Serum levels of ENA-78 were elevated in autistic children. - GreenMedInfo Summary
The possible link between elevated serum levels of epithelial cell-derived neutrophil-activating peptide-78 (ENA-78/CXCL5) and autoimmunity in autistic children.
Behav Brain Funct. 2015 Mar 19 ;11:11. Epub 2015 Mar 19. PMID: 25871636
Gehan Ahmed Mostafa
BACKGROUND: In autoimmune disorders, the underlying pathogenic mechanism is the formation of antigen-antibody complexes which trigger an inflammatory response by inducing the infiltration of neutrophils. Epithelial cell-derived neutrophil-activating peptide-78 (ENA-78) is a chemokine that recruits and activates neutrophils, thus it could play a pathogenic role in inflammation and autoimmune disorders. Some autistic children have elevated levels of brain specific auto-antibodies. We are the first to evaluate serum expression of ENA-78 and its relation to antineuronal auto-antibodies in autistic children.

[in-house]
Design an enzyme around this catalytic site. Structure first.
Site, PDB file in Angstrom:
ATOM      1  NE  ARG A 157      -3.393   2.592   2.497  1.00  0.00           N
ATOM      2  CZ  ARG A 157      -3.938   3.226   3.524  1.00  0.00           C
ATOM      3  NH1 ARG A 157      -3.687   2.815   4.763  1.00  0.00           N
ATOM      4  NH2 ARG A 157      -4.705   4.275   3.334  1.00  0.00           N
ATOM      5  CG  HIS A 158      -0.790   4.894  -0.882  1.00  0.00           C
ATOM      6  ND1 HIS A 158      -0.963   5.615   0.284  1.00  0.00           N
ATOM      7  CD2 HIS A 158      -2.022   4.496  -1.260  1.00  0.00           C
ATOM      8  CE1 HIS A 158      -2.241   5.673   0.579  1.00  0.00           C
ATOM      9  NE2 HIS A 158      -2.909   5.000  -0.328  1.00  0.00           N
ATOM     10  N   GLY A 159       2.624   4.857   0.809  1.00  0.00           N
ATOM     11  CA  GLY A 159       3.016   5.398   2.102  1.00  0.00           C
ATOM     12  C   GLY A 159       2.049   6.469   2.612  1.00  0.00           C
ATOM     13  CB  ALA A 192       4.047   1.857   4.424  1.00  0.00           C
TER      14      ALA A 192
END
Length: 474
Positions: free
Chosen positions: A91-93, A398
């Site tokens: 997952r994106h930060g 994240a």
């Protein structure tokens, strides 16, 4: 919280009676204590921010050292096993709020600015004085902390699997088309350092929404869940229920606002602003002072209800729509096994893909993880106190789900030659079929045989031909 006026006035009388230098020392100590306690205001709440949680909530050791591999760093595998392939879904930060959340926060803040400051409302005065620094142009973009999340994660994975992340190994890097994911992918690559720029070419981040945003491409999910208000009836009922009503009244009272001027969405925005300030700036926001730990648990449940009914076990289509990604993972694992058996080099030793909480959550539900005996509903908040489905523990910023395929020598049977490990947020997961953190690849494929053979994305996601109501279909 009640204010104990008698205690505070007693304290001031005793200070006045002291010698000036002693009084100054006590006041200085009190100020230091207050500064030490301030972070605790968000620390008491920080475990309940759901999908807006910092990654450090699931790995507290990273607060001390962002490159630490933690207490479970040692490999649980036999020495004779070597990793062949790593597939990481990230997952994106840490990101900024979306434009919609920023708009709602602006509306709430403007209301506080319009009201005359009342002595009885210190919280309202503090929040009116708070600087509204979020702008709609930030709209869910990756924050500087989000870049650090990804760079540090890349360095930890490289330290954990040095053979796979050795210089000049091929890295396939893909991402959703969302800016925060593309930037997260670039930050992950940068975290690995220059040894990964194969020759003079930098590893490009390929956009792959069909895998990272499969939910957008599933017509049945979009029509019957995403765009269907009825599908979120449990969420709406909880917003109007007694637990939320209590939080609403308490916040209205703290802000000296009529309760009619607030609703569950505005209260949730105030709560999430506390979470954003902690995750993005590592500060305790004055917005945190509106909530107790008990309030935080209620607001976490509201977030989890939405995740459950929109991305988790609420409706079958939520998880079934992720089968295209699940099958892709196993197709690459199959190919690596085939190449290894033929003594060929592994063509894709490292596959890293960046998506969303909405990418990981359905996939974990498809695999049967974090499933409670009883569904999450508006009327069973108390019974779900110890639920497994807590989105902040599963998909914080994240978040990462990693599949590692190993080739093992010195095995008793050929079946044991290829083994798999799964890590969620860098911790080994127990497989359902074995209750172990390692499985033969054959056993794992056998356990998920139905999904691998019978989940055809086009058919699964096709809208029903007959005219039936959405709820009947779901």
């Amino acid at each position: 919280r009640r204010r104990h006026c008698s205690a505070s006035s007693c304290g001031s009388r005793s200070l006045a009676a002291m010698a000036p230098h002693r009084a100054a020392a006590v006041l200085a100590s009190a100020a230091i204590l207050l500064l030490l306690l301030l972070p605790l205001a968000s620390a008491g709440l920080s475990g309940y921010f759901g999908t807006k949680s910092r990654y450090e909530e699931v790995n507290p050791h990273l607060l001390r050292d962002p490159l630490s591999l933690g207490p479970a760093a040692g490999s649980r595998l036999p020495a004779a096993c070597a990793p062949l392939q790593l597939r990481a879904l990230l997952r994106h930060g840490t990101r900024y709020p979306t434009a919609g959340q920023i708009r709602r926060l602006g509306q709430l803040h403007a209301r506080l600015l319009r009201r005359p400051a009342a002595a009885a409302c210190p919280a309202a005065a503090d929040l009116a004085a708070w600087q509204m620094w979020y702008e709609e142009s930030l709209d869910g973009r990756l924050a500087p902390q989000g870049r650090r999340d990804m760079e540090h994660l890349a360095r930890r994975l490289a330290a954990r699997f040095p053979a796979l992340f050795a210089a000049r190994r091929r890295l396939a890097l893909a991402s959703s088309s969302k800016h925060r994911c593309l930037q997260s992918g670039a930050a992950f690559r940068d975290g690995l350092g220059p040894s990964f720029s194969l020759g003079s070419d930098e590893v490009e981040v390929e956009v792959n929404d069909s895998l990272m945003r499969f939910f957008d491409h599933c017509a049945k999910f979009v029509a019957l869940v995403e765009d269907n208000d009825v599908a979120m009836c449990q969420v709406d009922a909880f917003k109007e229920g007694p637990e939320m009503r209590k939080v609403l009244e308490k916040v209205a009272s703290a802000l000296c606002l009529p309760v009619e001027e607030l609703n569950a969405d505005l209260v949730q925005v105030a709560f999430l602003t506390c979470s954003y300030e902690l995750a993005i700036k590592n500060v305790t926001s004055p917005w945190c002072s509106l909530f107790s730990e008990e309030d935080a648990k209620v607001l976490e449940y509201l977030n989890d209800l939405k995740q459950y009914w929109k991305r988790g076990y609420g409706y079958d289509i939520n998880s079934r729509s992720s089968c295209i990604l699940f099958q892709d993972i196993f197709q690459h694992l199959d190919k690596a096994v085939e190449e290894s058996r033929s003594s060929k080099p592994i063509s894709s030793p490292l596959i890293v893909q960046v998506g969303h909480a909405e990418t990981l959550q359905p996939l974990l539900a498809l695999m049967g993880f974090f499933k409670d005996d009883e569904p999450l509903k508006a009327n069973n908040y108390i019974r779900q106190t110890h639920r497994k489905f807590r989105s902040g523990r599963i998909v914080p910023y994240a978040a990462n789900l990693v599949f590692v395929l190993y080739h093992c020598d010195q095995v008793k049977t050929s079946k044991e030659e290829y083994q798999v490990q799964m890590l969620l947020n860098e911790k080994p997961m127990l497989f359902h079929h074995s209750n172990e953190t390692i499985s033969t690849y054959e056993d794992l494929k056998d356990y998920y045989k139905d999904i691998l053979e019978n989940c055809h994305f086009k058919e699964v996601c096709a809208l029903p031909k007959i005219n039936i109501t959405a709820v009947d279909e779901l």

METHODS: Serum ENA-78 and antineuronal auto-antibodies were measured by ELISA test in 62 autistic children aged between 4-11 years and 62 health-matched controls.
RESULTS: Serum levels of ENA-78 were significantly higher in autistic children than healthy controls (P < 0.001). Increased serum levels of ENA-78 have been found in 69.35% of autistic patients. In addition, autistic children had significantly higher percent positivity of serum antineuronal auto-antibodies (64.5%) than healthy controls (6.45%), P < 0.001. There was a significant positive association between the positivity of serum antineuronal auto-antibodies and the elevated levels of serum ENA-78 (P < 0.001) in autistic children.
CONCLUSIONS: Serum levels of ENA-78 were elevated in autistic children and they were significantly associated with the increased levels of serum antineuronal auto-antibodies. However, these data should be treated with caution until further research is conducted to determine the pathogenic role of ENA-78 in autism and its relation to brain specific auto-antibodies that have been found in some autistic children. The possible therapeutic role of ENA-78 antagonist in autistic children should be also studied.